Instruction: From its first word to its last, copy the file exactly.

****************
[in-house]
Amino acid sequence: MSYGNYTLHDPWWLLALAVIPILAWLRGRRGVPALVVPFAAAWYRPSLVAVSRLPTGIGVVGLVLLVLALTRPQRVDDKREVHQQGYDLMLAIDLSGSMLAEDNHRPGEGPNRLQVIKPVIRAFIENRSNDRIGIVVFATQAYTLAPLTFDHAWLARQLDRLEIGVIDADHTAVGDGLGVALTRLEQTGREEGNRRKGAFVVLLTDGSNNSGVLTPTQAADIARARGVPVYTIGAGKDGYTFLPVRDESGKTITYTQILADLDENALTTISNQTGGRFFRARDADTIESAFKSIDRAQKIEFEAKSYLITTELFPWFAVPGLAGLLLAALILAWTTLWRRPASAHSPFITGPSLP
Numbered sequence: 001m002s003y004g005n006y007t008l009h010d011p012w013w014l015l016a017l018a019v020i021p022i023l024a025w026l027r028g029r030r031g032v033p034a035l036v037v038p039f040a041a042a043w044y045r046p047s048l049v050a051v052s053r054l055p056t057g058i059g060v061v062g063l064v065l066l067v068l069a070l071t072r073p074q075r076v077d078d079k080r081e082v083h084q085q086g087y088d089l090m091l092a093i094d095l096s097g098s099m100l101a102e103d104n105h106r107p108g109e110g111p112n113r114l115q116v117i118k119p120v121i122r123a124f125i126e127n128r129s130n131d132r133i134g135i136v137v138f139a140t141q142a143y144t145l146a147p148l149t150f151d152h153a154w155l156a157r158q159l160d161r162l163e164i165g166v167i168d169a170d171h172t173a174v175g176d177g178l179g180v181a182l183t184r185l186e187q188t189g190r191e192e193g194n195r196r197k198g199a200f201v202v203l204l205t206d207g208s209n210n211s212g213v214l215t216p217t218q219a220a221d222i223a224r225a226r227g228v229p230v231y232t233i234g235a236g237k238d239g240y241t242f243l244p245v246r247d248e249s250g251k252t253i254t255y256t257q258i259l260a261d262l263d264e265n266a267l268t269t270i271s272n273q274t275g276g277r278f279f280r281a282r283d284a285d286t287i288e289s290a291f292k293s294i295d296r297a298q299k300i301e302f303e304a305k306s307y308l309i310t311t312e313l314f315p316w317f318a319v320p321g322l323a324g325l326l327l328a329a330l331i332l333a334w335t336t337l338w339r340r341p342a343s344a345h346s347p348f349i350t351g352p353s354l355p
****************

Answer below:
[in-house]
Amino acid sequence: MSYGNYTLHDPWWLLALAVIPILAWLRGRRGVPALVVPFAAAWYRPSLVAVSRLPTGIGVVGLVLLVLALTRPQRVDDKREVHQQGYDLMLAIDLSGSMLAEDNHRPGEGPNRLQVIKPVIRAFIENRSNDRIGIVVFATQAYTLAPLTFDHAWLARQLDRLEIGVIDADHTAVGDGLGVALTRLEQTGREEGNRRKGAFVVLLTDGSNNSGVLTPTQAADIARARGVPVYTIGAGKDGYTFLPVRDESGKTITYTQILADLDENALTTISNQTGGRFFRARDADTIESAFKSIDRAQKIEFEAKSYLITTELFPWFAVPGLAGLLLAALILAWTTLWRRPASAHSPFITGPSLP
Numbered sequence: 001m002s003y004g005n006y007t008l009h010d011p012w013w014l015l016a017l018a019v020i021p022i023l024a025w026l027r028g029r030r031g032v033p034a035l036v037v038p039f040a041a042a043w044y045r046p047s048l049v050a051v052s053r054l055p056t057g058i059g060v061v062g063l064v065l066l067v068l069a070l071t072r073p074q075r076v077d078d079k080r081e082v083h084q085q086g087y088d089l090m091l092a093i094d095l096s097g098s099m100l101a102e103d104n105h106r107p108g109e110g111p112n113r114l115q116v117i118k119p120v121i122r123a124f125i126e127n128r129s130n131d132r133i134g135i136v137v138f139a140t141q142a143y144t145l146a147p148l149t150f151d152h153a154w155l156a157r158q159l160d161r162l163e164i165g166v167i168d169a170d171h172t173a174v175g176d177g178l179g180v181a182l183t184r185l186e187q188t189g190r191e192e193g194n195r196r197k198g199a200f201v202v203l204l205t206d207g208s209n210n211s212g213v214l215t216p217t218q219a220a221d222i223a224r225a226r227g228v229p230v231y232t233i234g235a236g237k238d239g240y241t242f243l244p245v246r247d248e249s250g251k252t253i254t255y256t257q258i259l260a261d262l263d264e265n266a267l268t269t270i271s272n273q274t275g276g277r278f279f280r281a282r283d284a285d286t287i288e289s290a291f292k293s294i295d296r297a298q299k300i301e302f303e304a305k306s307y308l309i310t311t312e313l314f315p316w317f318a319v320p321g322l323a324g325l326l327l328a329a330l331i332l333a334w335t336t337l338w339r340r341p342a343s344a345h346s347p348f349i350t351g352p353s354l355p